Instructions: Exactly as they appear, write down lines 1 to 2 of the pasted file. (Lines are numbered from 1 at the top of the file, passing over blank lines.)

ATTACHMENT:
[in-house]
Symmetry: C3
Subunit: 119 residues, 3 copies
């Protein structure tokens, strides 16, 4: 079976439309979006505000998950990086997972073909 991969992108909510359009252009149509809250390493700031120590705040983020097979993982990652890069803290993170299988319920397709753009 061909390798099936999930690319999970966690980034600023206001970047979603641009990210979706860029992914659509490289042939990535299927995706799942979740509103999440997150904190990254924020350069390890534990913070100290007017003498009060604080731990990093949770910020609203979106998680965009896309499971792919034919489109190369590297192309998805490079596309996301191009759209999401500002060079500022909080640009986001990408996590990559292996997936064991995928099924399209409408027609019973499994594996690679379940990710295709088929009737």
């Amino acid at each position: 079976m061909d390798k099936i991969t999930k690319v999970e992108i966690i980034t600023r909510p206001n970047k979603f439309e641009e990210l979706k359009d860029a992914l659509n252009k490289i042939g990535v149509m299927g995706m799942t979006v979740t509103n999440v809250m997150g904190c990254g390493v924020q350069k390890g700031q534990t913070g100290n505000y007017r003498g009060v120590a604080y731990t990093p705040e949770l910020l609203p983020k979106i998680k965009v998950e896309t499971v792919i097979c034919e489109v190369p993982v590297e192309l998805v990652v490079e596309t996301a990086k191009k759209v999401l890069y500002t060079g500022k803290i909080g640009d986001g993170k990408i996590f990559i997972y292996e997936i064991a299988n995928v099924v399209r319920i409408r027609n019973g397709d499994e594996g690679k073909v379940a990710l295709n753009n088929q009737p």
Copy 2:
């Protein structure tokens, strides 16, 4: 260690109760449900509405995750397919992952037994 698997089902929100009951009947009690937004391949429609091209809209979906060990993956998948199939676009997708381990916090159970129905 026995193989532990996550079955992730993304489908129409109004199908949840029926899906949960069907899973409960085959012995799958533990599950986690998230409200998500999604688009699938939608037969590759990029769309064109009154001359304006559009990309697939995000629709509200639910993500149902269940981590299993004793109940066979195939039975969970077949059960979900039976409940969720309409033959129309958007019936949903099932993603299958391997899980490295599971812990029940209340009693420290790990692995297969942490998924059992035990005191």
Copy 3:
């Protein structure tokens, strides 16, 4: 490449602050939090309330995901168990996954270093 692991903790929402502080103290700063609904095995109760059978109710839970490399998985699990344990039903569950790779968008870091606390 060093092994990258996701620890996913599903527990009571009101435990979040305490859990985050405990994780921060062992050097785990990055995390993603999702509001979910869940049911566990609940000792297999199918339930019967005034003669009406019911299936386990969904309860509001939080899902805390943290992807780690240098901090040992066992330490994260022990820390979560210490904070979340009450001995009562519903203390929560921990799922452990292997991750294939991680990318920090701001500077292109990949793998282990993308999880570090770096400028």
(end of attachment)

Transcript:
[in-house]
Symmetry: C3